Friday, June 21, 2019 2:30 pm
Morgan signs free agent contract with Utah
DYLAN SINN | The Journal Gazette
Former Indiana forward Juwan Morgan went un-selected in the NBA Draft on Thursday, but within less than an hour of the draft's completion he had signed a free agent contract with the Utah Jazz.
"It only takes one," Morgan wrote on Twitter today. "See you soon."
Morgan's next step will likely be to participate in the NBA Summer League and showcase his skills against other players vying for the final few spots on NBA rosters. If he doesn't make the Jazz out of training camp, he could end up on the Salt Lake City Stars of the G League at the beginning of next season.
Morgan was a two-time All-Big Ten performer at Indiana and left the Hoosiers ranked 24th in career scoring, fourth in field goal percentage, eighth in blocks and 10th in rebounds. If he does make an NBA roster at some point, it will mean all three Indiana recruits from the Class of 2015 (Morgan, Thomas Bryant, OG Anunoby) will have reached the league.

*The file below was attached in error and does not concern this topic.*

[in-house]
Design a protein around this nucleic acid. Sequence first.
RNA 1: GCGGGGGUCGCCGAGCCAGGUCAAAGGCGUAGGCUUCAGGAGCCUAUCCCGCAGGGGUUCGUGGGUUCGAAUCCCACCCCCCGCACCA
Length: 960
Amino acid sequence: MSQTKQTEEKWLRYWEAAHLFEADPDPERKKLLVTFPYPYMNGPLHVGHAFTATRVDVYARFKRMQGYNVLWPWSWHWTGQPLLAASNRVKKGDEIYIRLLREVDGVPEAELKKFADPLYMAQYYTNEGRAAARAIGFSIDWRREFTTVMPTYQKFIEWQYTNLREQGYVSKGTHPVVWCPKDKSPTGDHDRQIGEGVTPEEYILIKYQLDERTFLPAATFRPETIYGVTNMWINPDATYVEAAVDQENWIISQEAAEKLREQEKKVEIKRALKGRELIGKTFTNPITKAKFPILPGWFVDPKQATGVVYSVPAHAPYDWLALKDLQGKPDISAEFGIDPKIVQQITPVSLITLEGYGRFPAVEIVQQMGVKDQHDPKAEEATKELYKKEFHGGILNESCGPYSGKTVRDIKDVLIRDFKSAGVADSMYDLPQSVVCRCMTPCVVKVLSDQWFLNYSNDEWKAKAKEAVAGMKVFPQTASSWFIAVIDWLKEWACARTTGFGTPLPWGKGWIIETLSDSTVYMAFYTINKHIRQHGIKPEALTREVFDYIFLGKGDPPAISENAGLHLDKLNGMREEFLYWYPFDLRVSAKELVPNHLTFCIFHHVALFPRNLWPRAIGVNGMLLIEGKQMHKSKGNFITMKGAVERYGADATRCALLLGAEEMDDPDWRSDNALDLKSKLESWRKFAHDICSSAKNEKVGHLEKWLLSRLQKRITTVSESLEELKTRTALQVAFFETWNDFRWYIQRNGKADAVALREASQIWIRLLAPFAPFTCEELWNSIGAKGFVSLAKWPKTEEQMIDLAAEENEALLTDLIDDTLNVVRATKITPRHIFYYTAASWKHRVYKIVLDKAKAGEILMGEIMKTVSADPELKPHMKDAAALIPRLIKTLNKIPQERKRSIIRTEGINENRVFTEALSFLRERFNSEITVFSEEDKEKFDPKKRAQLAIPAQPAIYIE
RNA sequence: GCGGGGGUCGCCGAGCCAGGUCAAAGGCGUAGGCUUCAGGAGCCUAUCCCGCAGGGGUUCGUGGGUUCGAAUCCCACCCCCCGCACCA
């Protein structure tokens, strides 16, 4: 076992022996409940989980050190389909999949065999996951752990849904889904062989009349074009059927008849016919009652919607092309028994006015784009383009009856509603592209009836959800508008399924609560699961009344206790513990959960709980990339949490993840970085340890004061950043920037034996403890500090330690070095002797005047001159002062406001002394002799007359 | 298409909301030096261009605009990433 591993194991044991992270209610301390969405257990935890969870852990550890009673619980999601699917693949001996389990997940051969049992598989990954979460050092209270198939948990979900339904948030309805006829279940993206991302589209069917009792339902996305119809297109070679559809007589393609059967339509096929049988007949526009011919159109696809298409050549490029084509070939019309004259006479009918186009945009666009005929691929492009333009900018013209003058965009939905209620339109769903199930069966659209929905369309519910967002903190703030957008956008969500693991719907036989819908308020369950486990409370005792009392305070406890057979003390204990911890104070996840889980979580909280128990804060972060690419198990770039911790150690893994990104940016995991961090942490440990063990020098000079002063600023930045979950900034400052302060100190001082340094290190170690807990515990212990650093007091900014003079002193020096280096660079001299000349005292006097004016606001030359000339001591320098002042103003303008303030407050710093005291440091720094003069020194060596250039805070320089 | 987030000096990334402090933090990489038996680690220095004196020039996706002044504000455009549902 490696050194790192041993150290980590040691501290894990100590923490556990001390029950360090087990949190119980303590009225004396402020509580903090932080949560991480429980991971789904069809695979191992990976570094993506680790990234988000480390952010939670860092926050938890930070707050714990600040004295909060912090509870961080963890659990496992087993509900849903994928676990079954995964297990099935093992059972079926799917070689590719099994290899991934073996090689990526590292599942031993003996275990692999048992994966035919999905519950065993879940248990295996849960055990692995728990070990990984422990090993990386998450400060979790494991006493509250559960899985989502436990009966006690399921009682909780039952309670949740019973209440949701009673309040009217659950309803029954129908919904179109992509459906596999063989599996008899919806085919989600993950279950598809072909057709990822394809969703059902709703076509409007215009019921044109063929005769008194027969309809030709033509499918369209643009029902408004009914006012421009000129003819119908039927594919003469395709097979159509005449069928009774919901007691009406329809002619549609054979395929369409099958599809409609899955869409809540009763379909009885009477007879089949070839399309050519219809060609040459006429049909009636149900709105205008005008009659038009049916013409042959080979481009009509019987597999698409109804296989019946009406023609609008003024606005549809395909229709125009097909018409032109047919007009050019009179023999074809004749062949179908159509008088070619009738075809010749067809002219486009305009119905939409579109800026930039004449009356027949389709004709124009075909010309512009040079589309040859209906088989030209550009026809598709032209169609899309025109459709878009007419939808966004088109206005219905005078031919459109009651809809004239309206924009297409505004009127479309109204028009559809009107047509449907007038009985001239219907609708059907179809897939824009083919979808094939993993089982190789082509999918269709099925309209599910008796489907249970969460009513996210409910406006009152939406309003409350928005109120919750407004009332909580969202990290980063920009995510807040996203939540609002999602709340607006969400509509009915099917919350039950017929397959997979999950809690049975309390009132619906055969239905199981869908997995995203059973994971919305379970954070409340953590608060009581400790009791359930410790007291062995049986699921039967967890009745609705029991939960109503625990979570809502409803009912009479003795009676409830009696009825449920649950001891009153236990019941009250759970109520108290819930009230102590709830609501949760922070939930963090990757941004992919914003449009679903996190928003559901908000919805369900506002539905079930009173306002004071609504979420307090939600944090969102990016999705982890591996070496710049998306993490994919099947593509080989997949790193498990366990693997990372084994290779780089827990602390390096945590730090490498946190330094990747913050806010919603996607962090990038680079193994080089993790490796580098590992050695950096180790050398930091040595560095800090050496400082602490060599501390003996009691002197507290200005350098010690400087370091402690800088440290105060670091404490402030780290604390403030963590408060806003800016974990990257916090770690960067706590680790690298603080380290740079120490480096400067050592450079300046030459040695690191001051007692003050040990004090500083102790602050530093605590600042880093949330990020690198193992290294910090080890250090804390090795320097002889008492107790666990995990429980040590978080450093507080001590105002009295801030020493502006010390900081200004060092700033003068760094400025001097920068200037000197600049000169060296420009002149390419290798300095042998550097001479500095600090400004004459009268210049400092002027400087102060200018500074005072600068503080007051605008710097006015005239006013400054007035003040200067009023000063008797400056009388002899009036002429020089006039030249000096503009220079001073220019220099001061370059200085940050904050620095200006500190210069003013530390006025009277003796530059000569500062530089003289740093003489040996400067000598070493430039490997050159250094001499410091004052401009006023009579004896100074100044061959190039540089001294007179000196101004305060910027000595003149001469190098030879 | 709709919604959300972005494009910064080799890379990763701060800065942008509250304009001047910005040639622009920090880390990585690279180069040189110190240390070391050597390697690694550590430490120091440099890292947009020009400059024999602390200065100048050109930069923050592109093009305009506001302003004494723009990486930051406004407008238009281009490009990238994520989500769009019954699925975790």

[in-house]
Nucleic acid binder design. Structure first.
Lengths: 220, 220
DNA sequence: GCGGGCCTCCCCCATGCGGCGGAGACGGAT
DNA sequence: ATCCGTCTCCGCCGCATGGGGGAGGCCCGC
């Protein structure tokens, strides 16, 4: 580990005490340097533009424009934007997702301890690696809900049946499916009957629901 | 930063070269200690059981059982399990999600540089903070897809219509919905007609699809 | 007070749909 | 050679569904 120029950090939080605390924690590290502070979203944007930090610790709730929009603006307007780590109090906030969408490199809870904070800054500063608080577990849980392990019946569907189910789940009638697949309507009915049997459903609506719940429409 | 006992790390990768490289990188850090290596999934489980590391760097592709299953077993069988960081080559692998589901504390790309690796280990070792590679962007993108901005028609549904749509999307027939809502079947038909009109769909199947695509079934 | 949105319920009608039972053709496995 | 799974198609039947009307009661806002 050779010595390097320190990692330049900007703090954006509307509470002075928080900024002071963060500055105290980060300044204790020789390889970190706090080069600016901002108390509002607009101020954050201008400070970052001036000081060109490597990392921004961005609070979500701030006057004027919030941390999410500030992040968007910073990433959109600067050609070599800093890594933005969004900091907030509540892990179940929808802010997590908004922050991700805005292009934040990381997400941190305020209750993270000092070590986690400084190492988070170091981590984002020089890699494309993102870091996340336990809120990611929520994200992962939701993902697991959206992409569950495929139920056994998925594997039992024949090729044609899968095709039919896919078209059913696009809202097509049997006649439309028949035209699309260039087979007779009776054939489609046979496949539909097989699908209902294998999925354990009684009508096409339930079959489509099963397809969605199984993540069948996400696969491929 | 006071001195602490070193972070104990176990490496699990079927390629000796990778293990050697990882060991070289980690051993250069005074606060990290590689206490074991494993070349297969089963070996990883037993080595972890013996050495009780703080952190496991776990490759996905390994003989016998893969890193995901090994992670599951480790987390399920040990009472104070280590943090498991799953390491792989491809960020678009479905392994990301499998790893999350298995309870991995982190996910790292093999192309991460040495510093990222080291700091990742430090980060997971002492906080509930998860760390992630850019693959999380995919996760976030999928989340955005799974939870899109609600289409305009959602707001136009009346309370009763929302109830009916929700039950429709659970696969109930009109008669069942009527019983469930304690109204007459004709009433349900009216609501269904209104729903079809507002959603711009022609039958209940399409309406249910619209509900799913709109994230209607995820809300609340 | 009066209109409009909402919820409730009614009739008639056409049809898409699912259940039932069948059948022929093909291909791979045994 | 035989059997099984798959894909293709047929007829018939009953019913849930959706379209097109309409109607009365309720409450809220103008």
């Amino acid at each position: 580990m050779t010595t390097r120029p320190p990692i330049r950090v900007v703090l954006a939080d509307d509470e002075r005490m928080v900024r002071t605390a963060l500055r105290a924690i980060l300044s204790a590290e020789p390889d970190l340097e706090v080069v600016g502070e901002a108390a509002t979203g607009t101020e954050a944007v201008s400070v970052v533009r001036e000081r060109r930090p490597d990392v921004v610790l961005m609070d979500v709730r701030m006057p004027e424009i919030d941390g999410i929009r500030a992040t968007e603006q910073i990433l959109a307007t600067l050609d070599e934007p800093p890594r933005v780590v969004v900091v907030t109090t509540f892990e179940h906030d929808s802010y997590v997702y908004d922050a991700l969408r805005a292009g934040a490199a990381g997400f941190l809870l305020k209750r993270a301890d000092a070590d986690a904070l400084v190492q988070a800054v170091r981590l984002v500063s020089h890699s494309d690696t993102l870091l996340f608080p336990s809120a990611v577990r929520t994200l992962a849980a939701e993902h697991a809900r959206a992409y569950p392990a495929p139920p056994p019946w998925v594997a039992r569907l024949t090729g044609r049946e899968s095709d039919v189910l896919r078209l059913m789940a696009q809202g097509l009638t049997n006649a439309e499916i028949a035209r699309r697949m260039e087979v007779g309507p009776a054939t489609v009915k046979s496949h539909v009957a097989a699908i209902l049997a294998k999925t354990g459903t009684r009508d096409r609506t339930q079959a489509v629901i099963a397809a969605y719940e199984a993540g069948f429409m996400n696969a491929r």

Morgan joins an up-and-coming Utah organization that won 50 games last season before exiting in the first round of the playoffs against the Houston Rockets.
For my part, it still baffles me that Morgan was not drafted. I wasn't expecting him to be picked – almost none of the mock drafts or top 100 prospect lists even mentioned him – but I believe he can add plenty to an NBA roster. He's a tremendously hard worker who does whatever is asked of him at all times, including the dirty work under the rim. When Romeo Langford arrived on campus this year – after Morgan had established himself as one of the best players in the Big Ten as a junior – the senior immediately accepted a secondary role on offense and tried to give Langford room to establish himself as the star while Morgan focused on defense and rebounding. He's the type of locker room presence any team can use.
The big question for Morgan's NBA career is whether he can be a good enough shooter to stick in the league as an undersized power forward. He shot just 30 percent on 3-pointers at Indiana and his shot was always too flat for my taste. When I saw him work out for the Indiana Pacers, however, his shot had much more arc on it than I saw at the end of the Hoosiers' season, and his stroke looked extremely smooth, with nice rotation on the ball. If he carries that over to the Summer League, he could be an NBA player sooner rather than later.
Morgan is one of the most important players in recent Indiana history, helping to bridge the gap between the Crean Era and the Miller Era, and the program is better because of his stewardship. Now, he gets his shot at the next level.